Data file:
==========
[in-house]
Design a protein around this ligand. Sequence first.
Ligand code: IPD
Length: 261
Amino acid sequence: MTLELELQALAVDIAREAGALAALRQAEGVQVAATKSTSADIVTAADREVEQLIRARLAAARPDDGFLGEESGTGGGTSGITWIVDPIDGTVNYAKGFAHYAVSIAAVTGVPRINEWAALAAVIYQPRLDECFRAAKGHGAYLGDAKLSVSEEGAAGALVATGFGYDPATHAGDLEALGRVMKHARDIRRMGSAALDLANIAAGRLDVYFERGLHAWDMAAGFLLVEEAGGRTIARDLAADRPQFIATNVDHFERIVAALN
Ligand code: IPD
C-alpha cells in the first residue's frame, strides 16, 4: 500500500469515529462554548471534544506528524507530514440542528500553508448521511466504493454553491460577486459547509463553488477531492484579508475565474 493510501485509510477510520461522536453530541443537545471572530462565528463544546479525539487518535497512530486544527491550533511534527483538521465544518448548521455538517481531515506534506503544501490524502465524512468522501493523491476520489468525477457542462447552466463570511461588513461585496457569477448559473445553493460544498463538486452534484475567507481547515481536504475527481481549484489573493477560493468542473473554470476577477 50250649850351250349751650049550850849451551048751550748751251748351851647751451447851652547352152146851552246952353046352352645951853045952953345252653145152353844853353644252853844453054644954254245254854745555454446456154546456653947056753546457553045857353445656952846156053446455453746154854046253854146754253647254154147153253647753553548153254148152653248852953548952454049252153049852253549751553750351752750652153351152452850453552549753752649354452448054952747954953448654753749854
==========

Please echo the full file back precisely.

[in-house]
Design a protein around this ligand. Sequence first.
Ligand code: IPD
Length: 261
Amino acid sequence: MTLELELQALAVDIAREAGALAALRQAEGVQVAATKSTSADIVTAADREVEQLIRARLAAARPDDGFLGEESGTGGGTSGITWIVDPIDGTVNYAKGFAHYAVSIAAVTGVPRINEWAALAAVIYQPRLDECFRAAKGHGAYLGDAKLSVSEEGAAGALVATGFGYDPATHAGDLEALGRVMKHARDIRRMGSAALDLANIAAGRLDVYFERGLHAWDMAAGFLLVEEAGGRTIARDLAADRPQFIATNVDHFERIVAALN
Ligand code: IPD
C-alpha cells in the first residue's frame, strides 16, 4: 500500500469515529462554548471534544506528524507530514440542528500553508448521511466504493454553491460577486459547509463553488477531492484579508475565474 493510501485509510477510520461522536453530541443537545471572530462565528463544546479525539487518535497512530486544527491550533511534527483538521465544518448548521455538517481531515506534506503544501490524502465524512468522501493523491476520489468525477457542462447552466463570511461588513461585496457569477448559473445553493460544498463538486452534484475567507481547515481536504475527481481549484489573493477560493468542473473554470476577477 50250649850351250349751650049550850849451551048751550748751251748351851647751451447851652547352152146851552246952353046352352645951853045952953345252653145152353844853353644252853844453054644954254245254854745555454446456154546456653947056753546457553045857353445656952846156053446455453746154854046253854146754253647254154147153253647753553548153254148152653248852953548952454049252153049852253549751553750351752750652153351152452850453552549753752649354452448054952747954953448654753749854